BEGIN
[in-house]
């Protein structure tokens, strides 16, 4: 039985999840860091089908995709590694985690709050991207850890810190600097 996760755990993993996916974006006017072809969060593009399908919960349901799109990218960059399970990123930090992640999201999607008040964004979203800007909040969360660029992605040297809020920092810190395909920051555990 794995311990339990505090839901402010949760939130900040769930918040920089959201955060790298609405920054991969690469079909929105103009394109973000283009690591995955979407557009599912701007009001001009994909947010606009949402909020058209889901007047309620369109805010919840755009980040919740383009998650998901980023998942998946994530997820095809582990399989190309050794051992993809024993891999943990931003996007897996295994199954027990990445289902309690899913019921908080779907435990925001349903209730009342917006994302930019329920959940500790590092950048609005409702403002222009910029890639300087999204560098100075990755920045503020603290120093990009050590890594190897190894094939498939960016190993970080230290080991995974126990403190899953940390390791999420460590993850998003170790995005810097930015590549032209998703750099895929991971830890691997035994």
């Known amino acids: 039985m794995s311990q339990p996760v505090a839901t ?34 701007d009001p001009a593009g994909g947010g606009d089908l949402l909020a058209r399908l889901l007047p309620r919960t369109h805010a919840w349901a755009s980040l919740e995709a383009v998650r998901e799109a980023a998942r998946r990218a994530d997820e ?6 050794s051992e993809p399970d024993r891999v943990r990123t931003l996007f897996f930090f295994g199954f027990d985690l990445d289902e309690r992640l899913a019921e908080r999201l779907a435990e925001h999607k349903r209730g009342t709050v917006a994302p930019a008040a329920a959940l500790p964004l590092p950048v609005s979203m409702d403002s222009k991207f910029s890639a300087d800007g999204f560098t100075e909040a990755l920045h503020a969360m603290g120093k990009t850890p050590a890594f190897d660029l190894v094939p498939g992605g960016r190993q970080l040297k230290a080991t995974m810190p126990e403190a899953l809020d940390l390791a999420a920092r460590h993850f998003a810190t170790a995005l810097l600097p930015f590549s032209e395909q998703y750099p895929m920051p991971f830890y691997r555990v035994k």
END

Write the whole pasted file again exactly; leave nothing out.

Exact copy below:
[in-house]
């Protein structure tokens, strides 16, 4: 039985999840860091089908995709590694985690709050991207850890810190600097 996760755990993993996916974006006017072809969060593009399908919960349901799109990218960059399970990123930090992640999201999607008040964004979203800007909040969360660029992605040297809020920092810190395909920051555990 794995311990339990505090839901402010949760939130900040769930918040920089959201955060790298609405920054991969690469079909929105103009394109973000283009690591995955979407557009599912701007009001001009994909947010606009949402909020058209889901007047309620369109805010919840755009980040919740383009998650998901980023998942998946994530997820095809582990399989190309050794051992993809024993891999943990931003996007897996295994199954027990990445289902309690899913019921908080779907435990925001349903209730009342917006994302930019329920959940500790590092950048609005409702403002222009910029890639300087999204560098100075990755920045503020603290120093990009050590890594190897190894094939498939960016190993970080230290080991995974126990403190899953940390390791999420460590993850998003170790995005810097930015590549032209998703750099895929991971830890691997035994």
């Known amino acids: 039985m794995s311990q339990p996760v505090a839901t ?34 701007d009001p001009a593009g994909g947010g606009d089908l949402l909020a058209r399908l889901l007047p309620r919960t369109h805010a919840w349901a755009s980040l919740e995709a383009v998650r998901e799109a980023a998942r998946r990218a994530d997820e ?6 050794s051992e993809p399970d024993r891999v943990r990123t931003l996007f897996f930090f295994g199954f027990d985690l990445d289902e309690r992640l899913a019921e908080r999201l779907a435990e925001h999607k349903r209730g009342t709050v917006a994302p930019a008040a329920a959940l500790p964004l590092p950048v609005s979203m409702d403002s222009k991207f910029s890639a300087d800007g999204f560098t100075e909040a990755l920045h503020a969360m603290g120093k990009t850890p050590a890594f190897d660029l190894v094939p498939g992605g960016r190993q970080l040297k230290a080991t995974m810190p126990e403190a899953l809020d940390l390791a999420a920092r460590h993850f998003a810190t170790a995005l810097l600097p930015f590549s032209e395909q998703y750099p895929m920051p991971f830890y691997r555990v035994k």